Of Mice and Men - Book Report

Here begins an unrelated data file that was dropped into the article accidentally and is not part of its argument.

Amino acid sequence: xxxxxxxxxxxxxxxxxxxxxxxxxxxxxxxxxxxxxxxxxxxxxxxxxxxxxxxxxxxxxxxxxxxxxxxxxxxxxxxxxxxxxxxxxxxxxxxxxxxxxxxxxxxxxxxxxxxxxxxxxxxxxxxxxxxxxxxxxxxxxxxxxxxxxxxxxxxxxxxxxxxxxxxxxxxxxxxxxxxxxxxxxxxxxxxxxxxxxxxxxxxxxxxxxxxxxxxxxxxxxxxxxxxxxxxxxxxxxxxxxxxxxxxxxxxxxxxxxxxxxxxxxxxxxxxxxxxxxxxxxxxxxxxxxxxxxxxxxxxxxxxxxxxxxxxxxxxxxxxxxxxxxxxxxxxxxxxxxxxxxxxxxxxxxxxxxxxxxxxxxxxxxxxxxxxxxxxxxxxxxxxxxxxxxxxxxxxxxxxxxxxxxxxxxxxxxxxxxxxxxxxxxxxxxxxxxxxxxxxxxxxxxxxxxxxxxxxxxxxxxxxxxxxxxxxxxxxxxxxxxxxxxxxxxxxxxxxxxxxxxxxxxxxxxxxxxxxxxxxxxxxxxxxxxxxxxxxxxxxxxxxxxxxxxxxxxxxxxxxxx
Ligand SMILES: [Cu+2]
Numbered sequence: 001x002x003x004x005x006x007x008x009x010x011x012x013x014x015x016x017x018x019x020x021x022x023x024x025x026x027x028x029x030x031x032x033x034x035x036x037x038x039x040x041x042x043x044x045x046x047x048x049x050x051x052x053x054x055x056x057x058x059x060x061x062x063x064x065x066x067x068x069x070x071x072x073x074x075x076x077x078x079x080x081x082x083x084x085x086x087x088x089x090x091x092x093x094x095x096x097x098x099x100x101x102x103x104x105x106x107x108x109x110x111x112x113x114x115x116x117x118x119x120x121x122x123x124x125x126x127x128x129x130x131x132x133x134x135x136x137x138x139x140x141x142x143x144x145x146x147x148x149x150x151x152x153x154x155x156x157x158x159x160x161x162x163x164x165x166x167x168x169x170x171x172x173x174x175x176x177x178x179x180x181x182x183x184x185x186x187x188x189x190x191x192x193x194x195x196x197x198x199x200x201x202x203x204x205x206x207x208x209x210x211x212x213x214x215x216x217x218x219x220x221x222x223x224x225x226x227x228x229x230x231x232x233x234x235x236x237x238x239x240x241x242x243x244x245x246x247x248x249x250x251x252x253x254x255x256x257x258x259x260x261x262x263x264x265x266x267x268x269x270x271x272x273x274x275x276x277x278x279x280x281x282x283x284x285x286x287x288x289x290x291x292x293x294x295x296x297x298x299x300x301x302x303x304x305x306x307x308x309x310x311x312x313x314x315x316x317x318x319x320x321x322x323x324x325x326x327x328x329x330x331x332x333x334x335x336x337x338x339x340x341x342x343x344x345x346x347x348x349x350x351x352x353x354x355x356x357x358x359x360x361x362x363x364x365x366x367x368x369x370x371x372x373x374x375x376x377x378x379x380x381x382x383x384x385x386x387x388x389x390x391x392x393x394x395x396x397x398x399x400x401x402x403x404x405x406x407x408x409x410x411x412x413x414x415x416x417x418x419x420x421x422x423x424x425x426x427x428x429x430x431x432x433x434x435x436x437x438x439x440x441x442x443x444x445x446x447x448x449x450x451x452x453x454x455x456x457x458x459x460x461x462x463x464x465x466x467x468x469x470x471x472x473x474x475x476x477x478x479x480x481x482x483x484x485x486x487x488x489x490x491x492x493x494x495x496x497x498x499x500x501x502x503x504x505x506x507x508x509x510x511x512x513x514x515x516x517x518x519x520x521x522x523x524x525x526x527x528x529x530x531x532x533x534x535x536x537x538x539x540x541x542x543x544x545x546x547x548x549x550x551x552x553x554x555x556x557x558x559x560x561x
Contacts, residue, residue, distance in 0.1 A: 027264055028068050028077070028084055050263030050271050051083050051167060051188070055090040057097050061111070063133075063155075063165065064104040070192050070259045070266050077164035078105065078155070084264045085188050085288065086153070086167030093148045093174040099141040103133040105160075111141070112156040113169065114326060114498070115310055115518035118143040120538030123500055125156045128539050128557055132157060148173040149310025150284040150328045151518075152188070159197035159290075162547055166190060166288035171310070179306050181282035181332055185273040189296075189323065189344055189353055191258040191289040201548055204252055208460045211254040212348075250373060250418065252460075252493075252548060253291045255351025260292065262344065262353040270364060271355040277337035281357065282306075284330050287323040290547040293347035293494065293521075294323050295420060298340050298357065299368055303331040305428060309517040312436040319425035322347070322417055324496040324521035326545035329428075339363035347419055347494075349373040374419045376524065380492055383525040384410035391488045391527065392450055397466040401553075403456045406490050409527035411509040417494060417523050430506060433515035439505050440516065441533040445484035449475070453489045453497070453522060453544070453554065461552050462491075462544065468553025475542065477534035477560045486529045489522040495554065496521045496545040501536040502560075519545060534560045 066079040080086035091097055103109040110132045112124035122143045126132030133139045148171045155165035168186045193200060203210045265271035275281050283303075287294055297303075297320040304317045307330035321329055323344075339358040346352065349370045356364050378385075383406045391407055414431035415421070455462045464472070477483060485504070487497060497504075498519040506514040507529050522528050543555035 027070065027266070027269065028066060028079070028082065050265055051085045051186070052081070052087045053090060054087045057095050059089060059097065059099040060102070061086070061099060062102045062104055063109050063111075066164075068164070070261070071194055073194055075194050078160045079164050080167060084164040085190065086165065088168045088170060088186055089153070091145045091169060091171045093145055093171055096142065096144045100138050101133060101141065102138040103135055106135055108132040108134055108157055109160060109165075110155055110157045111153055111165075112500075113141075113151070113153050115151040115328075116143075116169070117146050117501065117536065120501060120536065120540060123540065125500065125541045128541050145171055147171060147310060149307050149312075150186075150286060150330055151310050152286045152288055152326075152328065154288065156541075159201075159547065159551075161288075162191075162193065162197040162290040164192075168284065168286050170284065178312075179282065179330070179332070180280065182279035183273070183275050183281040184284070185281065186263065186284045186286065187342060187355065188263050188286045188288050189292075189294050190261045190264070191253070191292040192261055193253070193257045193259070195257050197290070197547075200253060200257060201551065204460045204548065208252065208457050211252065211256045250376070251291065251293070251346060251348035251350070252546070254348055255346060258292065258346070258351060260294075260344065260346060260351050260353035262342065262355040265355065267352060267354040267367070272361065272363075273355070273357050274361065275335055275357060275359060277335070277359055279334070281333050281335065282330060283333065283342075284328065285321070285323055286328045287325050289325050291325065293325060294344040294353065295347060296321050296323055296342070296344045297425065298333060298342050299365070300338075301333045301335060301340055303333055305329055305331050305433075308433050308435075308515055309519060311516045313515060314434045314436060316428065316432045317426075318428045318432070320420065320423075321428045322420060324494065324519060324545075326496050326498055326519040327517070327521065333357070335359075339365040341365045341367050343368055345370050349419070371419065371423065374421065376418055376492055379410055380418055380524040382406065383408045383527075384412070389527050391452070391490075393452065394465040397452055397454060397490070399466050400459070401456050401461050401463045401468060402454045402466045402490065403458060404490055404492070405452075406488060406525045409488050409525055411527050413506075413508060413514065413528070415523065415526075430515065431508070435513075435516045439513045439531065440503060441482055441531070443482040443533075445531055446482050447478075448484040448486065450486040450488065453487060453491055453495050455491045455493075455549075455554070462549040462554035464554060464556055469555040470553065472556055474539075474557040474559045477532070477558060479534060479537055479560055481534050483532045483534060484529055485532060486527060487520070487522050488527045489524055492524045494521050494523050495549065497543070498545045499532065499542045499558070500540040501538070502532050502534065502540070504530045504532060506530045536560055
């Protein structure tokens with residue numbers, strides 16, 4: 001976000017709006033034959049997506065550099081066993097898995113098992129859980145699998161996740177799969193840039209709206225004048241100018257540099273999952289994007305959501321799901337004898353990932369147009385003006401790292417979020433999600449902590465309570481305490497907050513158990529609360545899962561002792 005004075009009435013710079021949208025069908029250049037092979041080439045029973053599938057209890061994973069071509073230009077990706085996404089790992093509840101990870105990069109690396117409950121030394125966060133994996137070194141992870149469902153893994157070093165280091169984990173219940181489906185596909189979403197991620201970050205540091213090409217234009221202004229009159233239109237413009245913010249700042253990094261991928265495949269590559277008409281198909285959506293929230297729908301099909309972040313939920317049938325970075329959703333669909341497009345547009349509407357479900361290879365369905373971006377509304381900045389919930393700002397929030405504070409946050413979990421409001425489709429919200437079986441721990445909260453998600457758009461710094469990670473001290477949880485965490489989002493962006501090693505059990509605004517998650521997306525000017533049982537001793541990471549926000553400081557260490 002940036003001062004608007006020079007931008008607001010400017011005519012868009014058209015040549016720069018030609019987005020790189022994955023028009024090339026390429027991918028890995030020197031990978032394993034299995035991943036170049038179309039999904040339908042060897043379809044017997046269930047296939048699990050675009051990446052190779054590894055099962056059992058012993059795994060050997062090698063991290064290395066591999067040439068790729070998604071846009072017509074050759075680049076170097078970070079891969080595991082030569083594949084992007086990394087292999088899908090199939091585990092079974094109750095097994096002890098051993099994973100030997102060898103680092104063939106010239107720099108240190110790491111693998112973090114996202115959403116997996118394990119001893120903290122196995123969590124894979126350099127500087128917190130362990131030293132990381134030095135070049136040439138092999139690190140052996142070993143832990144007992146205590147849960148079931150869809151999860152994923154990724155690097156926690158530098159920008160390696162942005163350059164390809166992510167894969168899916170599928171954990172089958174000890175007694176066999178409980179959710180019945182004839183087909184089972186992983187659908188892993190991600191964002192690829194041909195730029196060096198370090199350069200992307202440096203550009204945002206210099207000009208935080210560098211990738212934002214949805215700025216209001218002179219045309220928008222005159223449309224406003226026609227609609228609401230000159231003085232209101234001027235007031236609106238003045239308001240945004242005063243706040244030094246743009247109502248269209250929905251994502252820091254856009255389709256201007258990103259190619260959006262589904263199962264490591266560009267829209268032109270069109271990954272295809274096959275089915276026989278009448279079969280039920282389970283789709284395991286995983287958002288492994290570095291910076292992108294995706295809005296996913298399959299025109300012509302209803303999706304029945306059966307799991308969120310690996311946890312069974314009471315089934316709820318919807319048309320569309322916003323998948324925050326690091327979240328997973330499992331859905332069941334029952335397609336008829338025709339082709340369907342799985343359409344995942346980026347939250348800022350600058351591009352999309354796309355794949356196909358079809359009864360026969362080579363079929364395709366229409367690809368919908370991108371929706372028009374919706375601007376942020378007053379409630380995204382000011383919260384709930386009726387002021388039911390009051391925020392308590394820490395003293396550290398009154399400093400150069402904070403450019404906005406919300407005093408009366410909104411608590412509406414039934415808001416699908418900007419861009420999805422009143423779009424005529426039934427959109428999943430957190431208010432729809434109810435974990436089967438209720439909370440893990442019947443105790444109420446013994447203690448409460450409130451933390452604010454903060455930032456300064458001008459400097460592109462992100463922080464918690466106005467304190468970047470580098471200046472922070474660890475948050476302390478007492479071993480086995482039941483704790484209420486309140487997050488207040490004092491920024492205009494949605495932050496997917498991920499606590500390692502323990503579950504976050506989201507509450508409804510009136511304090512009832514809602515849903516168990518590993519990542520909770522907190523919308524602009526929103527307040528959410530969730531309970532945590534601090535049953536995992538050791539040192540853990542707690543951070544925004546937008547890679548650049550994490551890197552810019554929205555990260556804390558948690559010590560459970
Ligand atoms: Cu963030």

Of Mice and Men (1937), written in the same genre as The Grapes of Wrath, that of a story about migrant farm workers and their lives as a reflection on society, was the book that thrust Steinbeck into the limelight as a national celebrity. He won many awards and honors including being picked as one of the Ten Outstanding Young Men of the Year. Steinbeck's style is what earned this praise, that of a natural flow of words which are simple in form but complex in their meaning. He painstakingly describes each setting as the reader is introduced to it, showing not just the general layout but an "insider's view" detailing the sensory perceptions evoked by the area ("A few miles south of Soledad, the Salinas River drops in close to the hillside bank and runs deep and green. The water is warm too, for it has slipped twinkling over the yellow sands in the sunlight before reaching the narrow pool.") Feelings evoked by Steinbeck's entrances are unable to be duplicated except by those who know the subject matter personally, a trait that he possesses having grown up in an agricultural valley in Salinas, California. His upbringing on the backdrop for many of his books enables Steinbeck to go beyond the paper and print of a book and create life in his characters. He expresses their joys and pains with such precision that the reader feels as if the characters were personal acquaintances and not just fictitious. The following is a brief synopsis of Of Mice and Men. George, a small man with restless eyes and strongly defined features, is leading his companion Lennie, a large, clumsy man with a shapeless face and wide sloping shoulders, down a path to a pool of water. There they drink and camp before heading to a ranch the next day to start work. George scolds Lennie for petting a dead mouse and overall treats him as a parent would a child. George tells Lennie that if anything bad happens while at the ranch to hide in the brush by the pond. The next morning, they reach the ranch and have an "interview" with the boss who becomes suspicious of Lennie for not answering any questions until George reassure him that although Lennie is not bright, he is an excellent worker. Curley, the boss's son and a small "handy" type of man, gives Lennie a hard time which an old swamper explains is on account of Curley disliking those who were bigger than he was. The swamper also said that Curley had just gotten married to a "tart." George tells Lennie to stay away from Curley. Curley's wife comes into the bunkhouse looking for Curley and Lennie thinks she is "purty." George tells Lennie to stay away from her so they can "roll up a stake" and buy their dream of their own land with crops of their own and rabbits. George promises to ask Slim, the jerkline skinner, for one of his dog's puppies for Lennie. Slim and George talk about Lennie while he pets his puppy in the barn. Carlson, another ranch hand, convinces Candy, the swamper, that his old, half-blind dog should be shot to keep it from suffering. Carlson shoots it in the back of the head with his Luger. Curley comes looking for his wife and hurries to the barn when he finds out Slim is there. George tells Lennie about their dream again. Candy hears it and offers to give his $350 to share in the dream. They plan on buying ten acres in a month. Candy thinks that he should have shot his dog himself. Lennie is smiling about their dream and his rabbits when Curley and Slim come back with Curley on the defensive ready to lash out. He picks a fight with Lennie for smiling and beats on him until George tells Lennie to let him have it. Lennie mauls Curley's hand. Everyone but Lennie, Candy, and Crooks, the Negro stable buck, goes to Susy's for prostitutes and whiskey. All three end up in Crooks' room with Crooks revealing his loneliness and asking to be included in the dream. Curley's wife stops by Crooks' room out of loneliness and finds she is unwanted there. The next day, while everyone was playing horseshoes, Lennie lay